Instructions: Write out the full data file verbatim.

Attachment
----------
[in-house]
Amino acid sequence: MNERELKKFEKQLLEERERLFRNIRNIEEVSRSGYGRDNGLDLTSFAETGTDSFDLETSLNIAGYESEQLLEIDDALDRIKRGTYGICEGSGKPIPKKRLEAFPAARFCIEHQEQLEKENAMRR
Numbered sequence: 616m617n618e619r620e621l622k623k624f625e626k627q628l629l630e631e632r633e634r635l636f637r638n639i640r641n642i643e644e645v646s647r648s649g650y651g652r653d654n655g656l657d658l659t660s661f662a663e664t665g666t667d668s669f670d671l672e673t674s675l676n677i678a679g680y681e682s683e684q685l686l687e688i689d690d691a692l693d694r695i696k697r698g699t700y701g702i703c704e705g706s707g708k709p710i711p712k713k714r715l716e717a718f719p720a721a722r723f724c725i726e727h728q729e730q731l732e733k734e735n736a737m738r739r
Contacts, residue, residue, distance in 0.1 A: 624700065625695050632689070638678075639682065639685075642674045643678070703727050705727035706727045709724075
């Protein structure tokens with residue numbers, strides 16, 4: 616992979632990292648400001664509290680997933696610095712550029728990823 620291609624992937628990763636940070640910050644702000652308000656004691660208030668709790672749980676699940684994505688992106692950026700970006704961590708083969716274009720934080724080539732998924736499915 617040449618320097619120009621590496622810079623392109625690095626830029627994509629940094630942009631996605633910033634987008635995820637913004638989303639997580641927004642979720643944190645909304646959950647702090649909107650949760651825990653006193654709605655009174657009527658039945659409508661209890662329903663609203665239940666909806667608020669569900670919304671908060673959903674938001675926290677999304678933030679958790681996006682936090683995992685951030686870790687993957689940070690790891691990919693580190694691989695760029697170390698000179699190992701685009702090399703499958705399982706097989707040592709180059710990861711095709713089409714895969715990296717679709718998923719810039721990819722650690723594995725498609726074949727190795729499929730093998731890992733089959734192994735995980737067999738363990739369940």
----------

[in-house]
Amino acid sequence: MNERELKKFEKQLLEERERLFRNIRNIEEVSRSGYGRDNGLDLTSFAETGTDSFDLETSLNIAGYESEQLLEIDDALDRIKRGTYGICEGSGKPIPKKRLEAFPAARFCIEHQEQLEKENAMRR
Numbered sequence: 616m617n618e619r620e621l622k623k624f625e626k627q628l629l630e631e632r633e634r635l636f637r638n639i640r641n642i643e644e645v646s647r648s649g650y651g652r653d654n655g656l657d658l659t660s661f662a663e664t665g666t667d668s669f670d671l672e673t674s675l676n677i678a679g680y681e682s683e684q685l686l687e688i689d690d691a692l693d694r695i696k697r698g699t700y701g702i703c704e705g706s707g708k709p710i711p712k713k714r715l716e717a718f719p720a721a722r723f724c725i726e727h728q729e730q731l732e733k734e735n736a737m738r739r
Contacts, residue, residue, distance in 0.1 A: 624700065625695050632689070638678075639682065639685075642674045643678070703727050705727035706727045709724075
């Protein structure tokens with residue numbers, strides 16, 4: 616992979632990292648400001664509290680997933696610095712550029728990823 620291609624992937628990763636940070640910050644702000652308000656004691660208030668709790672749980676699940684994505688992106692950026700970006704961590708083969716274009720934080724080539732998924736499915 617040449618320097619120009621590496622810079623392109625690095626830029627994509629940094630942009631996605633910033634987008635995820637913004638989303639997580641927004642979720643944190645909304646959950647702090649909107650949760651825990653006193654709605655009174657009527658039945659409508661209890662329903663609203665239940666909806667608020669569900670919304671908060673959903674938001675926290677999304678933030679958790681996006682936090683995992685951030686870790687993957689940070690790891691990919693580190694691989695760029697170390698000179699190992701685009702090399703499958705399982706097989707040592709180059710990861711095709713089409714895969715990296717679709718998923719810039721990819722650690723594995725498609726074949727190795729499929730093998731890992733089959734192994735995980737067999738363990739369940």